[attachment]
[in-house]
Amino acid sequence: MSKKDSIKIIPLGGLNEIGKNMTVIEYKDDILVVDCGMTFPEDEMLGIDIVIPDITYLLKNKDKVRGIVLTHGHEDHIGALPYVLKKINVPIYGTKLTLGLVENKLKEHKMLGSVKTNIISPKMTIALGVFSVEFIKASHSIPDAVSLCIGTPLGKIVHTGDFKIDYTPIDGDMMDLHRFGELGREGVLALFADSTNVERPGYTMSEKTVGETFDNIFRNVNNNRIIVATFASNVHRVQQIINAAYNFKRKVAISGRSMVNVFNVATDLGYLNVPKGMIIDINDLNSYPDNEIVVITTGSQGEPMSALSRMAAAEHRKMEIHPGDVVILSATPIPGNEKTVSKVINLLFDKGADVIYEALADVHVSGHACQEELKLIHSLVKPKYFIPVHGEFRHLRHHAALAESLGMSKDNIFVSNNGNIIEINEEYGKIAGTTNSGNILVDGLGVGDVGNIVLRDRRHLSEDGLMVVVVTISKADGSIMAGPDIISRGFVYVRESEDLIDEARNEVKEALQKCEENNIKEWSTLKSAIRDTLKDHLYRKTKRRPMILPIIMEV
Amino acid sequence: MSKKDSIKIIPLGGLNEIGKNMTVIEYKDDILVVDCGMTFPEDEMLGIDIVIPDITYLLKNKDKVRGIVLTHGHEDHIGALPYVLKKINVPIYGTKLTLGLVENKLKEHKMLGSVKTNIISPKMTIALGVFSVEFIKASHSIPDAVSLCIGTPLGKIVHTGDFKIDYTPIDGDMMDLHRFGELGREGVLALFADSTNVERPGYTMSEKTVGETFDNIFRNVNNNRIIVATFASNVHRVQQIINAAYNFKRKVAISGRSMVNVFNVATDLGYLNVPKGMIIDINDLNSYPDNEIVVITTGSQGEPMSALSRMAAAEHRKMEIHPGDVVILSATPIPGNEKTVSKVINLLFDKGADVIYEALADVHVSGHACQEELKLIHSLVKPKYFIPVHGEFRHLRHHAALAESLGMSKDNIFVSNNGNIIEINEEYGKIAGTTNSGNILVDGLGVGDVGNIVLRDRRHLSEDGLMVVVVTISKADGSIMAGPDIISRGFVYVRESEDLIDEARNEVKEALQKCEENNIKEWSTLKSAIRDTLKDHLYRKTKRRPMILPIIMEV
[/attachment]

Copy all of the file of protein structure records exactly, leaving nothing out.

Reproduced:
[in-house]
Amino acid sequence: MSKKDSIKIIPLGGLNEIGKNMTVIEYKDDILVVDCGMTFPEDEMLGIDIVIPDITYLLKNKDKVRGIVLTHGHEDHIGALPYVLKKINVPIYGTKLTLGLVENKLKEHKMLGSVKTNIISPKMTIALGVFSVEFIKASHSIPDAVSLCIGTPLGKIVHTGDFKIDYTPIDGDMMDLHRFGELGREGVLALFADSTNVERPGYTMSEKTVGETFDNIFRNVNNNRIIVATFASNVHRVQQIINAAYNFKRKVAISGRSMVNVFNVATDLGYLNVPKGMIIDINDLNSYPDNEIVVITTGSQGEPMSALSRMAAAEHRKMEIHPGDVVILSATPIPGNEKTVSKVINLLFDKGADVIYEALADVHVSGHACQEELKLIHSLVKPKYFIPVHGEFRHLRHHAALAESLGMSKDNIFVSNNGNIIEINEEYGKIAGTTNSGNILVDGLGVGDVGNIVLRDRRHLSEDGLMVVVVTISKADGSIMAGPDIISRGFVYVRESEDLIDEARNEVKEALQKCEENNIKEWSTLKSAIRDTLKDHLYRKTKRRPMILPIIMEV
Amino acid sequence: MSKKDSIKIIPLGGLNEIGKNMTVIEYKDDILVVDCGMTFPEDEMLGIDIVIPDITYLLKNKDKVRGIVLTHGHEDHIGALPYVLKKINVPIYGTKLTLGLVENKLKEHKMLGSVKTNIISPKMTIALGVFSVEFIKASHSIPDAVSLCIGTPLGKIVHTGDFKIDYTPIDGDMMDLHRFGELGREGVLALFADSTNVERPGYTMSEKTVGETFDNIFRNVNNNRIIVATFASNVHRVQQIINAAYNFKRKVAISGRSMVNVFNVATDLGYLNVPKGMIIDINDLNSYPDNEIVVITTGSQGEPMSALSRMAAAEHRKMEIHPGDVVILSATPIPGNEKTVSKVINLLFDKGADVIYEALADVHVSGHACQEELKLIHSLVKPKYFIPVHGEFRHLRHHAALAESLGMSKDNIFVSNNGNIIEINEEYGKIAGTTNSGNILVDGLGVGDVGNIVLRDRRHLSEDGLMVVVVTISKADGSIMAGPDIISRGFVYVRESEDLIDEARNEVKEALQKCEENNIKEWSTLKSAIRDTLKDHLYRKTKRRPMILPIIMEV